Hence it is very important to treat UTI in pregnancy even if it is very mild, emphasizes Dr.Anitha. “This is the reason why, even though a woman may not complain of any symptoms, we have to do a proper urine analysis each time she comes for a check up. This is done regardless of whether a pregnant woman is classified as high risk or no risk of UTI, because pregnancy itself increases the risk of UTI!”
If UTI is discovered during routine urine analysis or even otherwise because of presenting symptoms, treatment of the pregnant women is a must. Dr.Anita emphasizes, “First and foremost we advise her to take plenty of fluids, particularly water, to prevent her body from getting dehydrated. There are certain antibiotics that can be safely taken during pregnancy for UTI. These drugs are very safe for the foetus also. But to exercise caution, even these medications are best avoided during the first trimester of pregnancy. However, if the UTI is very severe, the benefits of treating the woman with these antibiotics is greater, than not treating the condition at all and thus putting the mother and child at risk of other complications.”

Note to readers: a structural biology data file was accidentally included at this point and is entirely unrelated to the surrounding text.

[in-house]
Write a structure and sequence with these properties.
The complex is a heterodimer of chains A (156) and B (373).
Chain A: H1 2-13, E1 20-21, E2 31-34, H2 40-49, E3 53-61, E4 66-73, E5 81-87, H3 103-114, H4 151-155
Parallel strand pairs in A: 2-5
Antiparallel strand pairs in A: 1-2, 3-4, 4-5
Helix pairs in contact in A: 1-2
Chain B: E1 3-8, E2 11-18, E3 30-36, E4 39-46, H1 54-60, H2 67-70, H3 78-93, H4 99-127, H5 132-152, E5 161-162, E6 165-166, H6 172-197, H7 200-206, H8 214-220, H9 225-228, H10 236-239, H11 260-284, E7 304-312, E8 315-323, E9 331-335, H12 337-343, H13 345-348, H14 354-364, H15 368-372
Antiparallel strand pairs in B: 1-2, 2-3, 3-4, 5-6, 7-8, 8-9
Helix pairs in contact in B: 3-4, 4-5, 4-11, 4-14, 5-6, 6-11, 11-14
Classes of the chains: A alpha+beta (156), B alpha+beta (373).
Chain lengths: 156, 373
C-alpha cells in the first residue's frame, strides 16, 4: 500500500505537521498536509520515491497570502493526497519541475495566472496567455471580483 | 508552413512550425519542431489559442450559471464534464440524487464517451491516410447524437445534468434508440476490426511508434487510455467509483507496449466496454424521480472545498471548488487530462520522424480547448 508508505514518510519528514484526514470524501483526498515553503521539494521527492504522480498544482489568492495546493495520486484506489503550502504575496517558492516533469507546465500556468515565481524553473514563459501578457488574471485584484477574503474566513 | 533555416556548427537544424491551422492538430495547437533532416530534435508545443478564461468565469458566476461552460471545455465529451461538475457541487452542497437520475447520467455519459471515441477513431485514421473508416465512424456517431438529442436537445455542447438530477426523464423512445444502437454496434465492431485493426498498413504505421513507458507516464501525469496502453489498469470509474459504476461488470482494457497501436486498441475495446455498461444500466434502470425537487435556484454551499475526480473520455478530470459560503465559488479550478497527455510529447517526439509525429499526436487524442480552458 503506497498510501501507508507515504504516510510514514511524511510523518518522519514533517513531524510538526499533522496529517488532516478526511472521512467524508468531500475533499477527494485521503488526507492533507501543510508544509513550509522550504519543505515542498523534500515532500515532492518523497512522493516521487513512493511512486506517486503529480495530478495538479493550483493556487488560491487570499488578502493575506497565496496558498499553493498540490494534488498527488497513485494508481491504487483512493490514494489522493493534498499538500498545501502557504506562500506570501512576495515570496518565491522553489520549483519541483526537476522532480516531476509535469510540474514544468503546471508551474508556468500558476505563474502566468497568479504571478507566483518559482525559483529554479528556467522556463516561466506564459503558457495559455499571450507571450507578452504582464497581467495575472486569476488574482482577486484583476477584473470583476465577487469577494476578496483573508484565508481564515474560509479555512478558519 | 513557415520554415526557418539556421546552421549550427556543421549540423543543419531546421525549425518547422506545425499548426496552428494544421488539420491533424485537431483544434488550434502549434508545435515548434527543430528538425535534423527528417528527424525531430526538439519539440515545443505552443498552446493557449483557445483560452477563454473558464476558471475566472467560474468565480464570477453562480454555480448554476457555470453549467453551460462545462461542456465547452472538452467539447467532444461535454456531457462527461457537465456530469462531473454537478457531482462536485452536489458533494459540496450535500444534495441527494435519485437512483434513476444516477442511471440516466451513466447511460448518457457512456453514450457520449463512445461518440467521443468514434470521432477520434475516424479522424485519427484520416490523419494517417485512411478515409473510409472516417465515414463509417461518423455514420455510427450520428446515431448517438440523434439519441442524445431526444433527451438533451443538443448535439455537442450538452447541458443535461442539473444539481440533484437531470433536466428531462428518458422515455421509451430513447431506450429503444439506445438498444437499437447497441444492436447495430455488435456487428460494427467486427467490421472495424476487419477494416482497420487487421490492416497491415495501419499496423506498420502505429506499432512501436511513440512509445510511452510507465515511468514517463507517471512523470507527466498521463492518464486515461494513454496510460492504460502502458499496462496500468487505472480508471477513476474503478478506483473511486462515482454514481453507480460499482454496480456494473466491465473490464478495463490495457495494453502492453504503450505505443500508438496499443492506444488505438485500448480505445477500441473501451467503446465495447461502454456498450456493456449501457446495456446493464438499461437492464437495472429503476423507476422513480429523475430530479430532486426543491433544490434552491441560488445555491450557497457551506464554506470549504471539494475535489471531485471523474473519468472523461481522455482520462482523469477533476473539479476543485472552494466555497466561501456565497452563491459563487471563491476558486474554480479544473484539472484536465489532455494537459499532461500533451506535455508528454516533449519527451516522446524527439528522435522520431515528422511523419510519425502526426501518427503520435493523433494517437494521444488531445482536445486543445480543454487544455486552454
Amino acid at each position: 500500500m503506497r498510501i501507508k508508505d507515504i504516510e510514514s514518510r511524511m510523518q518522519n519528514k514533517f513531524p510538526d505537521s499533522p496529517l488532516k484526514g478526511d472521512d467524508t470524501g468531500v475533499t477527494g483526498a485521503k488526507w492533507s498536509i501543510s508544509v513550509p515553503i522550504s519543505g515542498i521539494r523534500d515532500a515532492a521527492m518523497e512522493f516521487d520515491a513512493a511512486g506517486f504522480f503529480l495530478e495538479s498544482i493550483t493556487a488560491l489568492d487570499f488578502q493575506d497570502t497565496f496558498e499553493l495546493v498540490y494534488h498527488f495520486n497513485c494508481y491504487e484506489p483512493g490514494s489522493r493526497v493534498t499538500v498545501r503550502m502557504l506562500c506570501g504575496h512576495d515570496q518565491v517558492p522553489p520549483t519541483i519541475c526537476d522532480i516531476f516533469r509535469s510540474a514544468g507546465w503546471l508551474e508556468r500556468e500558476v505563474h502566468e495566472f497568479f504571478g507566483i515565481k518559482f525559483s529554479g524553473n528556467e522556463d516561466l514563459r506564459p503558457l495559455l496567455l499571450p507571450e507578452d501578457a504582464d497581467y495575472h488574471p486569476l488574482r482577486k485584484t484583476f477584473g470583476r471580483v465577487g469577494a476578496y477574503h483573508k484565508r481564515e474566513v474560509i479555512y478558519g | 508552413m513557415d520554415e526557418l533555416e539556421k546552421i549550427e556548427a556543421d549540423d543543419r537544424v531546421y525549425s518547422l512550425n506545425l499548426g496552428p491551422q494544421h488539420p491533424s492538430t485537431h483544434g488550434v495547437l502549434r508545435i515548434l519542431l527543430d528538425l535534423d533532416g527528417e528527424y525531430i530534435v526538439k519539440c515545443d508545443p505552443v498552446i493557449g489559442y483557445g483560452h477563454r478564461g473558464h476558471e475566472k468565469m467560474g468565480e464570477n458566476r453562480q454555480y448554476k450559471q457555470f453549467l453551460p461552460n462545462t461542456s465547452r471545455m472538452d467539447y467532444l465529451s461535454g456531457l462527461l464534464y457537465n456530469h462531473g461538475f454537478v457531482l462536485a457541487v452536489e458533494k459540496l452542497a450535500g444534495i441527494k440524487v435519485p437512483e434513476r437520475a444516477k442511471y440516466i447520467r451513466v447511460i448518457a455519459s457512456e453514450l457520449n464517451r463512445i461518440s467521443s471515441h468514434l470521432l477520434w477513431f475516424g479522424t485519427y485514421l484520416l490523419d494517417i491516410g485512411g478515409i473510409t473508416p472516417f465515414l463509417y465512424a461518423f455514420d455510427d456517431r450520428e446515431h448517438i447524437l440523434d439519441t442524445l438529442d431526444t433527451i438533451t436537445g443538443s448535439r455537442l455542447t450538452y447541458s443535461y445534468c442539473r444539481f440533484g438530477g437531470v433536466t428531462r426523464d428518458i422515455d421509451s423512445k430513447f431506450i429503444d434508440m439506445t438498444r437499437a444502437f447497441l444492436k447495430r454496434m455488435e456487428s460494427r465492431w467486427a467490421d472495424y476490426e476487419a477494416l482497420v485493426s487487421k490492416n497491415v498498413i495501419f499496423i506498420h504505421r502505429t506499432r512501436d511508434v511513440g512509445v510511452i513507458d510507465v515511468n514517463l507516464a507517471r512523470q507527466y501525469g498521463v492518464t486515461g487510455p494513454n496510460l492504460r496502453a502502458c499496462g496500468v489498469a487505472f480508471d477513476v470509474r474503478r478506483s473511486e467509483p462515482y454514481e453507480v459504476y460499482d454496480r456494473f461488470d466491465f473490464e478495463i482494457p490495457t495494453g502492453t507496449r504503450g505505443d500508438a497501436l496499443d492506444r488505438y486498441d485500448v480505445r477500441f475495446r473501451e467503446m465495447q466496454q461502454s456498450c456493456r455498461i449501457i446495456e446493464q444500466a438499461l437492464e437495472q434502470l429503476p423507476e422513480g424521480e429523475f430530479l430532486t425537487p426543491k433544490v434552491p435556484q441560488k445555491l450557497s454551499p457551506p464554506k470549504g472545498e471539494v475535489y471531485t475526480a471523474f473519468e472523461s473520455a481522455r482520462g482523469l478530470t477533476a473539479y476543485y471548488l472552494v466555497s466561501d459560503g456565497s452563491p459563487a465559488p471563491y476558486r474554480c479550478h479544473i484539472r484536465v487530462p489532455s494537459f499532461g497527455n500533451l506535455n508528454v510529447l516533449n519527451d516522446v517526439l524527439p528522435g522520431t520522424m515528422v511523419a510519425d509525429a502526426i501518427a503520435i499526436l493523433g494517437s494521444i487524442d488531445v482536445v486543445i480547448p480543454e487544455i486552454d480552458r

Drinking plenty of fluids – water, fresh juices, buttermilk, would help keep UTI at bay. Also, totally evacuation of the bladder while urinating, would prevent infection from happening.